To find out how to dispose of your used batteries while respecting our environment, call 1-800-8-BATTERY.

Below are a few additional safety tips to keep in mind when disposing of your batteries:

Rechargeable Batteries 

The Rechargeable Battery Recycling Corporation (RBRC), a non-profit public service organization, targets four kinds of rechargeable batteries for recycling: nickel-cadmium (Ni-CD), nickel metal hydride (NiMH), lithium ion, and small-sealed lead. Its Call2Recycle! program offers various recycling plans for communities, retailers, businesses, and public agencies. They have an Internet directory, searchable by ZIP code, for consumers to find recycling locations for dry-cell batteries and cell phones.

Lead-Acid Automobile Batteries

Today over 95 percent of all lead-acid batteries are sent off to be recycled. As required by most state laws, retailers that sell lead-acid batteries collect used batteries for recycling. Important to note, a typical lead-acid battery contains 60 to 80 percent recycled lead and plastic.

Non-Automotive Lead-Based Batteries

Gel cells and sealed lead-acid batteries are commonly used to power industrial equipment, emergency lighting, and alarm systems. An automotive store or a local waste agency may accept the batteries for recycling.

Dry-Cell Batteries

Dry-cell batteries include alkaline and carbon zinc (9-volt, D, C, AA, AAA), mercuric-oxide (button or coin cell, some cylindrical and rectangular), silver-oxide and zinc-air (button or coin cell), and lithium (9-volt, C, AA, coin, button, rechargeable).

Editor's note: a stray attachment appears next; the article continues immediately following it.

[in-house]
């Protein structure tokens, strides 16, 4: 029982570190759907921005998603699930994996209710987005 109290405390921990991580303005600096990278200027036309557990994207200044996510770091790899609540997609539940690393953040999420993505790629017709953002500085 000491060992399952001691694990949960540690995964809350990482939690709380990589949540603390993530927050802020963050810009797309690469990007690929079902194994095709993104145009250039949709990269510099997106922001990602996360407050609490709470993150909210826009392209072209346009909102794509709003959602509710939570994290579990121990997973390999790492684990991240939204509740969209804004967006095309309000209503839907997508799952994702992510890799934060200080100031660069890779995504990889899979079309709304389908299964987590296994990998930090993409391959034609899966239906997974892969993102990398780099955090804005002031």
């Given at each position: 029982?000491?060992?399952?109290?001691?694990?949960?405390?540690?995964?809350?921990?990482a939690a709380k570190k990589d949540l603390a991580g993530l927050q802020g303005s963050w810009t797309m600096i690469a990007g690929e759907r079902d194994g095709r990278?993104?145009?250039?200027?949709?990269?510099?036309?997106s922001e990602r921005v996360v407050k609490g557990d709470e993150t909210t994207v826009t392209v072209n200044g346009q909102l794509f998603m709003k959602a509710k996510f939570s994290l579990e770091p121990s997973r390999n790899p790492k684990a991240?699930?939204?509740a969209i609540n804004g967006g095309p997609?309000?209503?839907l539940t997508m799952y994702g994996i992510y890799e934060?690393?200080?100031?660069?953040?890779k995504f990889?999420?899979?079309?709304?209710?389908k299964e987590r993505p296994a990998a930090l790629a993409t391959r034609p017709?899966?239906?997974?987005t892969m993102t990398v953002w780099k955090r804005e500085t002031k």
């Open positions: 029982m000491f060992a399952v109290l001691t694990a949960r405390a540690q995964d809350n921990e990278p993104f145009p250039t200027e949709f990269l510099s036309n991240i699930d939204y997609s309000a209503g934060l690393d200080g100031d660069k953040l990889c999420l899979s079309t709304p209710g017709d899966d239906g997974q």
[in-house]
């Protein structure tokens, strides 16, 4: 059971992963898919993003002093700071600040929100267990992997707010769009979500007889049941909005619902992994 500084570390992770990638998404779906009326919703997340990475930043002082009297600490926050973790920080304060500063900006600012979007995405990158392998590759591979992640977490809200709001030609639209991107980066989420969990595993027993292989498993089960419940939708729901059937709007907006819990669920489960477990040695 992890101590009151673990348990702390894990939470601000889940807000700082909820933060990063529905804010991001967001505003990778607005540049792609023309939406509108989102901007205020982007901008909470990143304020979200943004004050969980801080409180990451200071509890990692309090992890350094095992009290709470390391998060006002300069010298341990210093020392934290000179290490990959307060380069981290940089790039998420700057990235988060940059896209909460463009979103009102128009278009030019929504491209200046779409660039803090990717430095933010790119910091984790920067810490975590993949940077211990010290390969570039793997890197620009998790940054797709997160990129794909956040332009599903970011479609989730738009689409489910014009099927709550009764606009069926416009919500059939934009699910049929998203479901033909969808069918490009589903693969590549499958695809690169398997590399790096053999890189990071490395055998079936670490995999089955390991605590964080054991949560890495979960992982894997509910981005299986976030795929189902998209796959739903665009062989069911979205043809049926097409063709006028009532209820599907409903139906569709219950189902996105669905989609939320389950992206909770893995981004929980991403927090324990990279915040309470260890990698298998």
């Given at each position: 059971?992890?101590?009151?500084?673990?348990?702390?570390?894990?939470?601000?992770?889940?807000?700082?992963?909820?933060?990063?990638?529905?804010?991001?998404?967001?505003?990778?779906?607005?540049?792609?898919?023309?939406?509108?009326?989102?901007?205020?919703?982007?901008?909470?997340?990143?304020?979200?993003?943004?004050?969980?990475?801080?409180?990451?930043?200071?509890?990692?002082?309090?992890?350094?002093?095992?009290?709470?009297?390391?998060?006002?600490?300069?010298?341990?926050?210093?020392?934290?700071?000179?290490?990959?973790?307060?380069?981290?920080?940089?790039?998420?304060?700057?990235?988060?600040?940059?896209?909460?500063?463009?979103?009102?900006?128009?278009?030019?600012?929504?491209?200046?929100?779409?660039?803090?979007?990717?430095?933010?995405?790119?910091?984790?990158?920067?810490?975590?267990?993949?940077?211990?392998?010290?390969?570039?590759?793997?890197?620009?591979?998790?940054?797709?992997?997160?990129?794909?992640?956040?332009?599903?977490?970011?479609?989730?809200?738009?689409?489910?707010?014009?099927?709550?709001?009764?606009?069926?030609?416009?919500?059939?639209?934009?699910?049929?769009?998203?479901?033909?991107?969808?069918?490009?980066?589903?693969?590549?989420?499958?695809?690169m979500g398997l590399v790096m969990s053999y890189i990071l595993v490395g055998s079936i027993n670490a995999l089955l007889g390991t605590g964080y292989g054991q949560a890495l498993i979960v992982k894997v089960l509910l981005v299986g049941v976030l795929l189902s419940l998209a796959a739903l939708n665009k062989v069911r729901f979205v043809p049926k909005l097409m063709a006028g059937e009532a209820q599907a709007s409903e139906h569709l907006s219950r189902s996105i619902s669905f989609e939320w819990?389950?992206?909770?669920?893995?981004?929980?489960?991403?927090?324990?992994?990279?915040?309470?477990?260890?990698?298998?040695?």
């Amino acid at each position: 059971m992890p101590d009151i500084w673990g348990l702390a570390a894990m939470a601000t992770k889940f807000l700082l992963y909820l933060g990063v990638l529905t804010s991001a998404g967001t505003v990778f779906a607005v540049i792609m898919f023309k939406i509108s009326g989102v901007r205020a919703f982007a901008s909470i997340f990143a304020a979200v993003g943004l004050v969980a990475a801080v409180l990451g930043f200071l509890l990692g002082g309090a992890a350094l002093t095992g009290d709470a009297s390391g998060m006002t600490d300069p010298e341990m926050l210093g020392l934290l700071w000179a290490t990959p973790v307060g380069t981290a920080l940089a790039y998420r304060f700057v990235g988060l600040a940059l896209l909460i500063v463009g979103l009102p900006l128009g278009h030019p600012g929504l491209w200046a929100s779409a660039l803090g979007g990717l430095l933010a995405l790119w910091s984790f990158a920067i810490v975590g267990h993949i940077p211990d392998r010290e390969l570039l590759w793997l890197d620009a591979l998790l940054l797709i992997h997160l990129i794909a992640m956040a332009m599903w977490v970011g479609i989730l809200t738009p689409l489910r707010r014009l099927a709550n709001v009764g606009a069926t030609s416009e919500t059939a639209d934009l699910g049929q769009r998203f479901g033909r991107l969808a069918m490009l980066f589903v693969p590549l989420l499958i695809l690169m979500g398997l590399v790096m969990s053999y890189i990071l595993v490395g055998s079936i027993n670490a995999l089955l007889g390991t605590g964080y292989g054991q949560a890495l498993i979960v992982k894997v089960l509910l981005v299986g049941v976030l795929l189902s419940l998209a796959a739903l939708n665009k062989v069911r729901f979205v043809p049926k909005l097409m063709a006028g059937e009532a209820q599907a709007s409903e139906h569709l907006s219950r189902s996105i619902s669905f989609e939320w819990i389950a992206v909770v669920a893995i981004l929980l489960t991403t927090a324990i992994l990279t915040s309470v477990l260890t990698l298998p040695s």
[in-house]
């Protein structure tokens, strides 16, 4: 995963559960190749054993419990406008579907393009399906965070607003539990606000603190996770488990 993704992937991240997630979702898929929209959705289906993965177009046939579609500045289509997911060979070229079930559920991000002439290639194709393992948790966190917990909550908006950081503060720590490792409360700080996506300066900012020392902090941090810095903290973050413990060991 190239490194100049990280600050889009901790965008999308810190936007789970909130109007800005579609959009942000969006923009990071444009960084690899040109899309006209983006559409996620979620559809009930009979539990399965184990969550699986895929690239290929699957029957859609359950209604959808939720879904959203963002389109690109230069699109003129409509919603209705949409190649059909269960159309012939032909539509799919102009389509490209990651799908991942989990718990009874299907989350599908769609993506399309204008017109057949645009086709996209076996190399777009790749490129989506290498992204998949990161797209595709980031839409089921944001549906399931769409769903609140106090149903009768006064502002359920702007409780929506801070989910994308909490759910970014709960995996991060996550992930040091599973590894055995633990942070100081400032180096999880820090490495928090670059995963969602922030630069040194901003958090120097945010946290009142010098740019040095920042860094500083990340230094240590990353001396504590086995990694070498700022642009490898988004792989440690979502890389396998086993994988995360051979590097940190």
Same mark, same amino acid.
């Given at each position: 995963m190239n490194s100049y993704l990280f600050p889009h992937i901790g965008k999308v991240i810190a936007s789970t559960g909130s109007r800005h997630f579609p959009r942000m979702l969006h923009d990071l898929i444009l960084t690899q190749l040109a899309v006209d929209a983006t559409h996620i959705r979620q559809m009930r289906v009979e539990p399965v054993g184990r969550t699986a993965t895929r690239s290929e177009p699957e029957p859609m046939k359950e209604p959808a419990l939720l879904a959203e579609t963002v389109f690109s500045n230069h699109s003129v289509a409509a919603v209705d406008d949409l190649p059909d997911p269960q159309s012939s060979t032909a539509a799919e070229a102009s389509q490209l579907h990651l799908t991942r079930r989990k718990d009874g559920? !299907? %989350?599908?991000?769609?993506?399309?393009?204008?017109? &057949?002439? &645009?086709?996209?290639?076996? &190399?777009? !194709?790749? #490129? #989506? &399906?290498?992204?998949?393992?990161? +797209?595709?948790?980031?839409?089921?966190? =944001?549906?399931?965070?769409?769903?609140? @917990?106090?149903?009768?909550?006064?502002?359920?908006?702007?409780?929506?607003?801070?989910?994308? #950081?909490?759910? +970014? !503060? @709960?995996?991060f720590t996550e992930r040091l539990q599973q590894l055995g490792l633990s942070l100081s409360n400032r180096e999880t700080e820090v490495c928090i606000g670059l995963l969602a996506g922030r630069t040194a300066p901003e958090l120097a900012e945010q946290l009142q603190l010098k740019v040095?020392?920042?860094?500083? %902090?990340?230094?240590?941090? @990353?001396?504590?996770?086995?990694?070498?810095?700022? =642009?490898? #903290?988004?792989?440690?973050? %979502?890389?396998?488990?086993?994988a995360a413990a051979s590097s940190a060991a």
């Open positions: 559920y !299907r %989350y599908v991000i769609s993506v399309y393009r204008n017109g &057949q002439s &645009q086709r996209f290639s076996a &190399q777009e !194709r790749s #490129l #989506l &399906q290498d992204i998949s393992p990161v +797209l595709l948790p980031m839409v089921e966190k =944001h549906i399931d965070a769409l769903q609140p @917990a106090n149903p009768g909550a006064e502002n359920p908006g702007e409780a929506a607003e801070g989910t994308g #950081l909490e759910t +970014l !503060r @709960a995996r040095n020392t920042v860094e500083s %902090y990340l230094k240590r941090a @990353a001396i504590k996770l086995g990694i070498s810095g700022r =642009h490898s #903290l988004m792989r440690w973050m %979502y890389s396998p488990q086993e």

Alkaline and Zinc-Carbon Batteries

Alkaline batteries, the everyday household batteries used in flashlights, remote controls, and other appliances are currently legal to dispose of in the regular garbage in every state, aside from California. California passed a series of laws called the California Universal Waste Rules that require these batteries to be recycled. Several reclamation companies now process these batteries.

Button-Cell or Coin-Cell Batteries

Most small, round “button-cell” type batteries found in items such as watches and hearing aids contain mercury, silver, cadmium, lithium, or other heavy metals as their main component. Button cells are increasingly targeted for recycling because of the value of recoverable materials, their small size, and their easy handling relative to other battery types.